We’ve all spent the last decade thinking a lot about millennials: what do they like, what do they need, what are their values? Their digital-native status was new territory, and their interest in shared values with businesses they support led to a wave of simple names (The Honest Company, Natural Bliss) and name-names (Toms, Harry’s). But now there’s a whole new generation to understand: Generation Z. Born between the mid 90s and late 00s, they’re becoming a huge part of our economy and it’s time to think about how to brand and name with them in mind.
While Gen Z holds strong values, that’s not their primary purchase driver. Price is by far the biggest factor for this generation right now when deciding whether to buy from a particular brand, and according to Business Insider, this makes brand loyalty a big challenge. While millennials and older generations found a brand they liked and stuck with it, Gen Zers will try a brand if it offers the value they seek, but they’ll switch to another brand in a hot second if it offers better value.
With that said, there are elements of shared values that are important to Gen Z. They have very sensitive BS meters and always have Google at their fingertips to fact-check, so they value transparency. They’re very aware of and concerned about the dark issues that face our world today, and they respond to this with dark humor and absurdism. And speaking of the issues that face our world, they appreciate brands that are doing something about them, like Tesla.
What does all this mean for naming in the next decade? Well, when Gen Z is a target audience, we’ll have a lot to think about, test, and learn. If price is all that really matters, maybe we can just go back to 90s style wacky coined names (perhaps even with available .coms, eh?) and not worry about what the names communicate! More realistically, we’ll still want to find a way to connect with Gen Zers and build brand loyalty where possible.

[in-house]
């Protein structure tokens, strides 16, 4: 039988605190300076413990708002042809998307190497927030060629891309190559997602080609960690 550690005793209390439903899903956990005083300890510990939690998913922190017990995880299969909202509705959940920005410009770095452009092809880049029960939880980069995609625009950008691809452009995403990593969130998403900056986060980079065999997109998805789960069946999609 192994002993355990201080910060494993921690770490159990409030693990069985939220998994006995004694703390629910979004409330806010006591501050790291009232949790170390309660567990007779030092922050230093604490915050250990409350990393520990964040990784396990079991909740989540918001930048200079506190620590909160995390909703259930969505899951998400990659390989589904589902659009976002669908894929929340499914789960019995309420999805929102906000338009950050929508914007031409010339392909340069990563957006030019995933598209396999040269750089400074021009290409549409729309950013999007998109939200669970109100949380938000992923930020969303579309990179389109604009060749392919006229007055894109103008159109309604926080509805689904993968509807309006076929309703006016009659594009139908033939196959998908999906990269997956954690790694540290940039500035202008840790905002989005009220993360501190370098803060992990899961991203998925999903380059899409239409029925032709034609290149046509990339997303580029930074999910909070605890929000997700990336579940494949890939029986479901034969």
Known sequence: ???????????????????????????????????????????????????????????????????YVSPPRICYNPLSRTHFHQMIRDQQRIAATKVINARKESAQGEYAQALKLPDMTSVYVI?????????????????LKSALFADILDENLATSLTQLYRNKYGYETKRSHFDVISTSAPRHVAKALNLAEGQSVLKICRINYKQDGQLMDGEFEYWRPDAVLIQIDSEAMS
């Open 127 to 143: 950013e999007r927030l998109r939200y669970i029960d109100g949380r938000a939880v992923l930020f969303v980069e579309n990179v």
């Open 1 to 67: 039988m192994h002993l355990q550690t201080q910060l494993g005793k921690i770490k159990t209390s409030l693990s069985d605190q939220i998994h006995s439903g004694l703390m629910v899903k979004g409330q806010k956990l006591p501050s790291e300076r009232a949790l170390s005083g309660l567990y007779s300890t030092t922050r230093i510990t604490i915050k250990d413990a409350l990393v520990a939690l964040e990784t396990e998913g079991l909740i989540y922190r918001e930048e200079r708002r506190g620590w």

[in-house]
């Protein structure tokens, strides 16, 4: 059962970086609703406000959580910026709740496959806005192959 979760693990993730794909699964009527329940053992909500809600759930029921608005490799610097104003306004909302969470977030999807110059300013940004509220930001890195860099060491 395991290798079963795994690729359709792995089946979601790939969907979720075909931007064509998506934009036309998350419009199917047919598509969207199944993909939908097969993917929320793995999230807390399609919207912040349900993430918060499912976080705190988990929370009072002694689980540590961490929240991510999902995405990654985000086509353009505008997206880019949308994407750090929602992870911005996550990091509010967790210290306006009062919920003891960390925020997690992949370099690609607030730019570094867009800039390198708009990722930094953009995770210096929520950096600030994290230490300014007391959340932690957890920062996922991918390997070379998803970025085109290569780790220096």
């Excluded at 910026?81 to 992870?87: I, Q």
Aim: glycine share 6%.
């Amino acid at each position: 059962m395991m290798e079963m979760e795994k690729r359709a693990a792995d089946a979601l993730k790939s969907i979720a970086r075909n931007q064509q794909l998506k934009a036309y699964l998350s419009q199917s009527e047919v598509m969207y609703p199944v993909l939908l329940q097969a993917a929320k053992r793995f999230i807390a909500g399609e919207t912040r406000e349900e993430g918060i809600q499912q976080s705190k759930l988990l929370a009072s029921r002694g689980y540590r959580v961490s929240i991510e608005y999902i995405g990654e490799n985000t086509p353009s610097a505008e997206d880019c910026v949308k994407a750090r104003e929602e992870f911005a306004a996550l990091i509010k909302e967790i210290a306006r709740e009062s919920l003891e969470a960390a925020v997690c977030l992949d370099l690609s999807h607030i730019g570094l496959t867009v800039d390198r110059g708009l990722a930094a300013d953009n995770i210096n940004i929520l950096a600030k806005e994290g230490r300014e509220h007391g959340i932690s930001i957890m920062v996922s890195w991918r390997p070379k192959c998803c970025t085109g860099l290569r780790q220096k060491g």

There are a couple of promising directions to consider. The simple, straightforward names that resonate well with millennials may be appreciated for their no-BS factor. Name-names could work, but they’d better be based on a real person or have another good reason, becausing false heritage won’t fly with these native online researchers. Abstract names may be quite appealing to this new generation of absurdists. Gen Zers like weird. They like quirky. They don’t need explanations for why weird things are the way they are. So a quirky name with no actual tie to the product, offering or company may be right up their alley, and has the bonus of potentially getting through trademark hurdles more easily than names that have relevant meaning. And, hey: while the earlier commentary on wacky coined names was tongue-in-cheek, it could be worth testing highly coined names on them, especially in areas with extremely crowded trademarks. A lot of elements of the 90s are back in style for this generation, and who knows — the generation who says price is all that matters just might be cool with anything. After all, it wasn’t all Compaq, Celebrex, Initech -- gems like Google and Fruitopia came out of the 90s too.
We don’t have all the answers yet, but we’ll be keeping an eye on what works for the next generation. They’re an interesting and diverse group, and we’re excited to get to know them as they continue to move into early adulthood.